December 8, 2009

A Quick Thought On Climategate

First, I am pretty ignorant about the issue of global warming.  I do not feel that I am particularly qualified to render intelligent or even useful insights on the issue.  While this is no impediment to other bloggers, and I am sure while that there are those who would argue that it is no impediment for me on other subjects, on this issue I'm conscious of the fact that I'm lost in the woods.

Second, the broader controversy seems to be not over whether global climate change of some kind is happening but rather whether it is caused by human activity.  I've no doubt that humans can affect their environment in dramatic and deletorious ways and the idea of government regulation to prevent or mitigate this happening is one which I embrace -- with all the enthusiasm that one would give to embracing an ugly cousin met for the first time at a family reunion.  As to whether this can happen on a global scale, with the effects that are being observed or at least alleged, see my first point.  At the same time, there seems to be little doubt that global climate change is happening.

Third and finally, the microconflict that has come up has to do with hacked e-mail that purportedly reveal that scientists at the University of East Anglia "fudged data" which suggested that global temperatures are actually falling and not rising.  The claim seems to be that if the "real" data were circulated, that would weaken political efforts to adopt environmental protection laws in any of a number of countries but particularly the USA and the UK.  There are counter-contentions that the e-mails indicate a different kind of political or scientific agenda than what they are alleged to be.  I haven't read the hacked e-mails and I think the ethics of doing so are at least subject to legitimate question -- this is, after all, stolen information.  But even if the claim is true on its face (and it certainly could be, I do not claim to know one way or the other) it would not be the first time a scientist was exposed as dishonest or as having a political agenda that overrode the truth, and that would also not change the veracity of either the claim that the global climate is changing to our disadvantage, or the claim that industrial activity is propelling that potentially harmful change.  It would only mean that the data and methodology underlying these scientists' work would merit even more searching scrutiny than they would otherwise have received.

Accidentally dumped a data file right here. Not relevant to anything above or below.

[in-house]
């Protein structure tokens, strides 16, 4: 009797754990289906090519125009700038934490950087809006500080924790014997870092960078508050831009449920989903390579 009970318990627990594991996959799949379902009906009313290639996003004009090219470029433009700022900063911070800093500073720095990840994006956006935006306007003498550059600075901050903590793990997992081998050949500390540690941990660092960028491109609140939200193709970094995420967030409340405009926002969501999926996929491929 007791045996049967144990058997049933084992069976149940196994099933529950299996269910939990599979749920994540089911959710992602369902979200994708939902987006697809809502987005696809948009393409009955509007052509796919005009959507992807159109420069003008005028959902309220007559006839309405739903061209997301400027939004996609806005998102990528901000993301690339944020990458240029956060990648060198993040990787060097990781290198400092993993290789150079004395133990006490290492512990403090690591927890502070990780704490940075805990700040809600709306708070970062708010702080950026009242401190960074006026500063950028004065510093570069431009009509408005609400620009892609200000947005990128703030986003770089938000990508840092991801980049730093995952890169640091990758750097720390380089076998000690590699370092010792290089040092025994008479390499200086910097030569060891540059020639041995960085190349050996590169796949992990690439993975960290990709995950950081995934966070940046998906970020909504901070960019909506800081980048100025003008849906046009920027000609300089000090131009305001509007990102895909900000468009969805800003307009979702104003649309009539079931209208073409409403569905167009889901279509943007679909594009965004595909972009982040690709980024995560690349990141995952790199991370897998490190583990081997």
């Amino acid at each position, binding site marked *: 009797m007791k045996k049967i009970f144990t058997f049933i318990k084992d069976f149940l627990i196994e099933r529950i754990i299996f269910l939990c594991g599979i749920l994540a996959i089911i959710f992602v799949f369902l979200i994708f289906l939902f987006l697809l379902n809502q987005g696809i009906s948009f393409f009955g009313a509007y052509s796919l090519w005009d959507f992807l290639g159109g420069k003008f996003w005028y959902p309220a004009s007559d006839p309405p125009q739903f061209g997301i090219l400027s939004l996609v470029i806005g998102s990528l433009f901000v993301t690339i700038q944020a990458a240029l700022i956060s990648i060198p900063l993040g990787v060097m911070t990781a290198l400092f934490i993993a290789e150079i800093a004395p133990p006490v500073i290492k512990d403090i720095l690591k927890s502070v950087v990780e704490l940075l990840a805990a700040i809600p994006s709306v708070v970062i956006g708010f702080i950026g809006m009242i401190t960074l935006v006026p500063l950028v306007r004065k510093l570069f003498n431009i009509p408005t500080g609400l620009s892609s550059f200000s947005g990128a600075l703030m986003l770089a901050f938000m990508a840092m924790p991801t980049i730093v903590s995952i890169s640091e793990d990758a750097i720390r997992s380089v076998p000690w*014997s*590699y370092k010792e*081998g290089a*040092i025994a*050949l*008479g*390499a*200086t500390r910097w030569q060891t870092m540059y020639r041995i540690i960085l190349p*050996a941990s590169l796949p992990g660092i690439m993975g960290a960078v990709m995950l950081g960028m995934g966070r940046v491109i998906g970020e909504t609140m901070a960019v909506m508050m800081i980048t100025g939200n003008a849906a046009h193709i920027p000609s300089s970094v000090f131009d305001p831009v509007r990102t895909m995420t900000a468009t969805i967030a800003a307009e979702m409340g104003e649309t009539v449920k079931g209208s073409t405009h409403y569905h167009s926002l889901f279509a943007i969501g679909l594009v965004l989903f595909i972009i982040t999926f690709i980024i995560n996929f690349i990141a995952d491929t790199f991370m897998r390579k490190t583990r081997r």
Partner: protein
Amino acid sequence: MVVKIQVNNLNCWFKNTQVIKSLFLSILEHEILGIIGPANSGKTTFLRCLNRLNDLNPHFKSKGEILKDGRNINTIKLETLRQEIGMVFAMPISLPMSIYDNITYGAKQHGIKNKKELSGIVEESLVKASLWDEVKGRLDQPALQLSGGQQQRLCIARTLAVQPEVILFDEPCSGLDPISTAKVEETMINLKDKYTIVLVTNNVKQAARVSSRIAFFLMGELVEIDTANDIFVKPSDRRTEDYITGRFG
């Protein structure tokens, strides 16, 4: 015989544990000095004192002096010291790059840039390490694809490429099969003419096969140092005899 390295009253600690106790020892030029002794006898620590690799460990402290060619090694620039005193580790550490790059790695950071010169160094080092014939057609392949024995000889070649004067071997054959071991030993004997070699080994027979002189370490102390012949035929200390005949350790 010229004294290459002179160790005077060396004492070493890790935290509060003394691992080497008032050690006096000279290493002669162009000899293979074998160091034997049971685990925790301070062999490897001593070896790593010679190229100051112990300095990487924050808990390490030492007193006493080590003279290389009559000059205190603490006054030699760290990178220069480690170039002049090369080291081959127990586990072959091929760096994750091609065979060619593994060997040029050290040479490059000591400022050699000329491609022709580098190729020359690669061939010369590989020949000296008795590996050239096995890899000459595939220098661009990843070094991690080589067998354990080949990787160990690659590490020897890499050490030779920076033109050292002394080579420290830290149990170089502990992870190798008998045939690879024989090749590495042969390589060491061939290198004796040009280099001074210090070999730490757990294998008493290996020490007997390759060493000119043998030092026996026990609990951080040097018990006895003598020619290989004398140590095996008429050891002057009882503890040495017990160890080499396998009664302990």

All of that seems to have been said elsewhere and earlier.  I write today only to not be vulnerable to accusations of being part of the "deafening silence" on the issue.  But the fact is, the subject matter is really pretty much beyond me one way or the other.


zzi said...

It's kinda like not voting for the president and not voting against him.

There's enough data out there to take a stance.

Burt Likko said...

I'm sure you're right. It's very complicated data, though, and it would require more education to understand than I have time to devote to such a project the way I would want to.